# Idea to replace halving mechanic

The benchmark I use to test against is this method:

1)Reduce the highest skill characters skill to 100.

2)Reduce the lower skill by the same percentage the higher skill was reduced by to get it to 100.

or: LowSkill/(HighSkill/100).

So a 150 vs 60 would become 100 vs 40. 300 vs 180 would be 100 vs 60. Most importantly, 101 vs 40 becomes 100 vs 39.

To me this is fair, and never reduces the odds. But it requires a calculator, and so is not a workable rule in my book.

While the extreme cases with my halving mods still hurt, when you move into ranges like 120 vs 80 the numbers are very close to the formula above.

It really comes down to giving up mathematical precision for playability.

bluejay said:
Ah, I hadn't seen that we were supposed to always round down. I'll amend my calculator accordingly!

Done!

I realized that while playing with odds. Meant to tell you.

So a 201 vs 160 should reduce to 100 vs 80. The break ponts are 101, 202, 404, etc.

Has anyone done any crunching with the "tens switching idea?" I was wondering if that would work out.

atgxtg said:
Has anyone done any crunching with the "tens switching idea?" I was wondering if that would work out.

I did. Or tried. Basically how I came up with my formula was drew up a 10 by 10 grid and started plotting results. Once the pattern of wins and losses realative to the three variables I used (High Skill, Low Skill, Difference between High Skill and 100), The formula could be generated.

Flipping digits is not so easy to graph. It added 3 more variables, Losses that can be converted to wins, Ties that can be converted to wins, and losses that can be converted to ties (forcing a re-roll rather than losing), though just awarding ties to the higher skill elimantes two of those.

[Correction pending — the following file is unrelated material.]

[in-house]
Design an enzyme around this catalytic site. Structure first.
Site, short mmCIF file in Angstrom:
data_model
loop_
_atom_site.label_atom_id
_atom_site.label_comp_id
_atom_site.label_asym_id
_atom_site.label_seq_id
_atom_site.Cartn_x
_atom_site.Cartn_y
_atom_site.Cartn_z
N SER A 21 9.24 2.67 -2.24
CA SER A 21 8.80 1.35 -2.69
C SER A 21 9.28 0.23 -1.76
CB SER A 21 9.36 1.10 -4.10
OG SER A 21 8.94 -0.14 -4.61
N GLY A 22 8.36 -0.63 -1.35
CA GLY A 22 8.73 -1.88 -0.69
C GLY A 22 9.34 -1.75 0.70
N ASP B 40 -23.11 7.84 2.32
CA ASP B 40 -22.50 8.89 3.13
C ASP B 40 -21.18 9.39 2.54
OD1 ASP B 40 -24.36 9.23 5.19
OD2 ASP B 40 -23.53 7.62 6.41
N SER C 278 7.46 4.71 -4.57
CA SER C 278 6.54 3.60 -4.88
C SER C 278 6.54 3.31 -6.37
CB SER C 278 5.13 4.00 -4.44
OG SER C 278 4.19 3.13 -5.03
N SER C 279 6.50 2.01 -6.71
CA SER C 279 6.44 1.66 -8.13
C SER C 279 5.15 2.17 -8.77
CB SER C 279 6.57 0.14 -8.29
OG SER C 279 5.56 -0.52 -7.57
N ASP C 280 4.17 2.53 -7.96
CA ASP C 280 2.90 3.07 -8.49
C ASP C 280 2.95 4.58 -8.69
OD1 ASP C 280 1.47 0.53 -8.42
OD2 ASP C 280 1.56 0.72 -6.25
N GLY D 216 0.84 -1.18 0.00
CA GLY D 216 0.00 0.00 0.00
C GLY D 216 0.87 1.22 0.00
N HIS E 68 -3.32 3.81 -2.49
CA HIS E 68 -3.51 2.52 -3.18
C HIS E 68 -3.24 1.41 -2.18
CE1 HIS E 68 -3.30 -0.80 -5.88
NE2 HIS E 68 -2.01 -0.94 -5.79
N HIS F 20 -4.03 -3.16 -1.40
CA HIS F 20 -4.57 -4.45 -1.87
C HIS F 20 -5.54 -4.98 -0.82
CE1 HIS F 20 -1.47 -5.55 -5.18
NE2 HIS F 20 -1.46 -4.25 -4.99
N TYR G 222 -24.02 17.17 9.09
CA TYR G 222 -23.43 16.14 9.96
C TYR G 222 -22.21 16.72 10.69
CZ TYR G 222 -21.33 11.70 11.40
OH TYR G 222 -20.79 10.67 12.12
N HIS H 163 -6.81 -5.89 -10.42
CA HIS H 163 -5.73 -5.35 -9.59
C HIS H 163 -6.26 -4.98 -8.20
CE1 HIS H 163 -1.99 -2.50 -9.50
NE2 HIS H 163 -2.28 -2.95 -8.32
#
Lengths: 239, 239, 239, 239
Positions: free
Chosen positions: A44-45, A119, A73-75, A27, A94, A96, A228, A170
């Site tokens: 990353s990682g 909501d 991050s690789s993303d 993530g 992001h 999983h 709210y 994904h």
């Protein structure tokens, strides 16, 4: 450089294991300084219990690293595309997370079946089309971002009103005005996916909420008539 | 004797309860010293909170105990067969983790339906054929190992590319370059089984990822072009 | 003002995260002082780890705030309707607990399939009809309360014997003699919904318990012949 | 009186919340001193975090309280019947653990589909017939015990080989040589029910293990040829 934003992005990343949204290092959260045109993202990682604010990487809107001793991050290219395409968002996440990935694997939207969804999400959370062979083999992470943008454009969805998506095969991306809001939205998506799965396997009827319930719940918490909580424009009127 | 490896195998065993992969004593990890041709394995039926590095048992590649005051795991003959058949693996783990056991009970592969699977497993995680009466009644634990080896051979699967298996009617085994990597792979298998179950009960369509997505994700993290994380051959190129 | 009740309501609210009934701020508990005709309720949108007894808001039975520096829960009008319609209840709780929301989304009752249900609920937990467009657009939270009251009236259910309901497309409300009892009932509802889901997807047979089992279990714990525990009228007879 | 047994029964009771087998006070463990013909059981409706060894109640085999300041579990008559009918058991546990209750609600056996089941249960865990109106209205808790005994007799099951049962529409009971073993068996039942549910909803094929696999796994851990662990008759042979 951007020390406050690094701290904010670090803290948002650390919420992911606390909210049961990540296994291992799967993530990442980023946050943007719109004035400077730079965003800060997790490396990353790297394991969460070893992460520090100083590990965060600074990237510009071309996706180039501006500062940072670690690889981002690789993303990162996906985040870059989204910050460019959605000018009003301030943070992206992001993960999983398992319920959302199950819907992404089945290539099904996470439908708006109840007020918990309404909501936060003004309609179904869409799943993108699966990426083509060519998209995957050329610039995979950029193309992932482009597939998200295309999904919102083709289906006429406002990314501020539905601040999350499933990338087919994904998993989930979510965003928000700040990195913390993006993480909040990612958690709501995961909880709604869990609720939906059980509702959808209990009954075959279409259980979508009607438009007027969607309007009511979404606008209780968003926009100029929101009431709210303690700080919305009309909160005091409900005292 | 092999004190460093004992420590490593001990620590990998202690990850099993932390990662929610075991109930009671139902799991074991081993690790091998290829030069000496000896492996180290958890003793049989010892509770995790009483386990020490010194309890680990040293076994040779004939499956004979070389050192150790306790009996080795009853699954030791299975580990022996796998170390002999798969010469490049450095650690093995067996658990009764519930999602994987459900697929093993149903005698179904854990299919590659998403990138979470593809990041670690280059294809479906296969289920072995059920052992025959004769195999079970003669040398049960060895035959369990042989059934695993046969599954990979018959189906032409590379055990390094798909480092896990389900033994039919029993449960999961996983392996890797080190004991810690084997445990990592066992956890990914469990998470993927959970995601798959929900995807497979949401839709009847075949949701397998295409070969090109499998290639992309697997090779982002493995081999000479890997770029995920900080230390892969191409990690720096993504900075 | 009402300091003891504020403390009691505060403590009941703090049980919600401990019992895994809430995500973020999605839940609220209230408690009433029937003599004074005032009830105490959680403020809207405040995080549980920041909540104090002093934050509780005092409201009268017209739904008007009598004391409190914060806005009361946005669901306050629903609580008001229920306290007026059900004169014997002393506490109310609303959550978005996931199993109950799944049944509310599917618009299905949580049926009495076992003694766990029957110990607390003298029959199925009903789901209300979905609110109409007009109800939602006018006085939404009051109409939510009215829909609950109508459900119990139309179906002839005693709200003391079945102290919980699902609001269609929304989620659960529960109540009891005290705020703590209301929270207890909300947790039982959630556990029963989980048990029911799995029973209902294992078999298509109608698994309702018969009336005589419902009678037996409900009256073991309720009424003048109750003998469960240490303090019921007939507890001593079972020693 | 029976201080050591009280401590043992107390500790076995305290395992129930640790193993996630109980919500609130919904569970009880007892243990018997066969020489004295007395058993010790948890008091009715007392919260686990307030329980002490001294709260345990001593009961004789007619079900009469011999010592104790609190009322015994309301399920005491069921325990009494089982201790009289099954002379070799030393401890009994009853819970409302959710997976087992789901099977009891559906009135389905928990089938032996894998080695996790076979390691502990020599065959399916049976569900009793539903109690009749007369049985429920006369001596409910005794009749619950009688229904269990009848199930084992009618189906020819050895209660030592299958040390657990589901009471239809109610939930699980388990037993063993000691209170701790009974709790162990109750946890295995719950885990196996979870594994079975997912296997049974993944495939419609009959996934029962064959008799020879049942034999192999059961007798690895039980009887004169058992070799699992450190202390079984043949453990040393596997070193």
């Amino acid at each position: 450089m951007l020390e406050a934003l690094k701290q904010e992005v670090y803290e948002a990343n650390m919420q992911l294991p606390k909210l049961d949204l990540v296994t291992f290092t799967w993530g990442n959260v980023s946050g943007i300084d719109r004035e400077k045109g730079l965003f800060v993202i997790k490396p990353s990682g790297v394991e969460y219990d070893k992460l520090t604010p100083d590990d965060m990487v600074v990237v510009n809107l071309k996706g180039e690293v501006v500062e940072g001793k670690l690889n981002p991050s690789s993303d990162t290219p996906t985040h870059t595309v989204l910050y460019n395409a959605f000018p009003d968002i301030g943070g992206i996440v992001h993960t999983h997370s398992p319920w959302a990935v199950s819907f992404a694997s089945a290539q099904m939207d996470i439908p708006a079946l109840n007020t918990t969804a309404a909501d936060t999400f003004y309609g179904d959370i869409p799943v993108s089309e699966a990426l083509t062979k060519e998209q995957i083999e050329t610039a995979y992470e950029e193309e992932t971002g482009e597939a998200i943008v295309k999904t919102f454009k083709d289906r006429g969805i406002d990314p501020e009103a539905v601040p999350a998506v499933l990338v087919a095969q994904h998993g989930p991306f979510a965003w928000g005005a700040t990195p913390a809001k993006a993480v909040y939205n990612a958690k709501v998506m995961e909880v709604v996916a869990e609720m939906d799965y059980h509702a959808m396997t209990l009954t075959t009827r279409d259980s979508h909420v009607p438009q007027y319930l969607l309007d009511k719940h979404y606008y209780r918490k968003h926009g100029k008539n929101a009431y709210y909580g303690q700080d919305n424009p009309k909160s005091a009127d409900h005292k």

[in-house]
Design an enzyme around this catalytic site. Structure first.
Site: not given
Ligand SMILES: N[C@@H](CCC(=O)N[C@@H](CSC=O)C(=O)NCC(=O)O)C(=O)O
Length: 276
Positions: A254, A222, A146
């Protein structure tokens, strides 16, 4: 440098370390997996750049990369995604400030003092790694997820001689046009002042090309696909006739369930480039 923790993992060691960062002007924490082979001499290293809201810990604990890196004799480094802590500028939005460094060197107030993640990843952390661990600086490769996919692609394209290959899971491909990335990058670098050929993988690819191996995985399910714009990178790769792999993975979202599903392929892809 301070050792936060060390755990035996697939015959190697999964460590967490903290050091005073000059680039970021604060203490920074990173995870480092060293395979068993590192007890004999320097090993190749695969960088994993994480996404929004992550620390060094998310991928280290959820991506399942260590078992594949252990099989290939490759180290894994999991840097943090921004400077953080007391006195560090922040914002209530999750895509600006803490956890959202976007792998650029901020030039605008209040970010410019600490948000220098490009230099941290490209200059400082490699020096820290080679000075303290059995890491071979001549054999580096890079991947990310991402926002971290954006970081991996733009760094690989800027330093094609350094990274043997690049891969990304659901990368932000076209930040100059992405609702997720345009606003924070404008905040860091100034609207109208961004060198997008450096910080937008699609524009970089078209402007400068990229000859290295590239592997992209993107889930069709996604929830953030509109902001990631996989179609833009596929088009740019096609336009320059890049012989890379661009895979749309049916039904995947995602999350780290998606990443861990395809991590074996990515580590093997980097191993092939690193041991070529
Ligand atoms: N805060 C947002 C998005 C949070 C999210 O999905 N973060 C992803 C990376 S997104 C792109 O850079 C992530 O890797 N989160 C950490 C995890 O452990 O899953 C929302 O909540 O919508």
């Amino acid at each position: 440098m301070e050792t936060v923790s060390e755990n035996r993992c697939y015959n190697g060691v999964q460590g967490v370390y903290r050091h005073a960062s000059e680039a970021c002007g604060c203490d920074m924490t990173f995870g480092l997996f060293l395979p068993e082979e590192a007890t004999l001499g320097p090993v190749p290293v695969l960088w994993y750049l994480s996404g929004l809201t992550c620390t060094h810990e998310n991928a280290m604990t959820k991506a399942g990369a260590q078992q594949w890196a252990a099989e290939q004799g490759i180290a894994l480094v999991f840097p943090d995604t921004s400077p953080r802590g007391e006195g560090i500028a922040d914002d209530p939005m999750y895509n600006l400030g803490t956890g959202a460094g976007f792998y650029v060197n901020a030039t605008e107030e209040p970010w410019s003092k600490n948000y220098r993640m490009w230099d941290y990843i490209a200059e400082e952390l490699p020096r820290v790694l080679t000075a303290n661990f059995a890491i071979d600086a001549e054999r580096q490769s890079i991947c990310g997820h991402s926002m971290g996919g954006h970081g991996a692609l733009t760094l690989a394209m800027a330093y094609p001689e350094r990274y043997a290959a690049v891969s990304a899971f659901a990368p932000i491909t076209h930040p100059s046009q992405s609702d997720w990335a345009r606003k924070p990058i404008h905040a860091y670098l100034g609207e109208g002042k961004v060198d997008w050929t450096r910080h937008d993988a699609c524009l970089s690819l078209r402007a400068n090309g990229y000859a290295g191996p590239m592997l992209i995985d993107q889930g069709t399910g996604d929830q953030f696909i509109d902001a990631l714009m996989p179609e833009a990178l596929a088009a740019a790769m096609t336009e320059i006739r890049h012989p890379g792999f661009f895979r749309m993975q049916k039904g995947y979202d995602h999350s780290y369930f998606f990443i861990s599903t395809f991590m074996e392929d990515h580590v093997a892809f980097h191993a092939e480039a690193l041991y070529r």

For a math purpose you don't just have A and B. you have A10 and A1 (tens and single) and B10 and B1, and the math starts getting really complex, and I am no spreadsheet wiz.

Without coming up with hard one big problem showed itself. Take the case of 101 vs 100, or even 110 vs 90. These get reduced to 50 vs 50 and 55 vs 45 respectively, only the higher skilled character gets a re-roll. Without hard numbers it is safe to say that the higher skilled character gets a BIG advantage even though the odds should be roughly even - kinda the opposite of the halving rule.

The other problem is say 170 vs 150. Do both get to swap their dice? if so someone has to swap first (presumably the lower skilled character). In most cases this is just as bad as not being able to swap at all. And the math gets even more complicated. Maybe the Brain could handle it, but it is pretty complex from this stand point.

Rurik said:
atgxtg said:
Has anyone done any crunching with the "tens switching idea?" I was wondering if that would work out.

I did. Or tried. Basically how I came up with my formula was drew up a 10 by 10 grid and started plotting results. Once the pattern of wins and losses realative to the three variables I used (High Skill, Low Skill, Difference between High Skill and 100), The formula could be generated.

I was hoping someone would save me the work. Guess I'm half(ve) to look at it.

Without coming up with hard one big problem showed itself. Take the case of 101 vs 100, or even 110 vs 90. These get reduced to 50 vs 50 and 55 vs 45 respectively, only the higher skilled character gets a re-roll. Without hard numbers it is safe to say that the higher skilled character gets a BIG advantage even though the odds should be roughly even - kinda the opposite of the halving rule.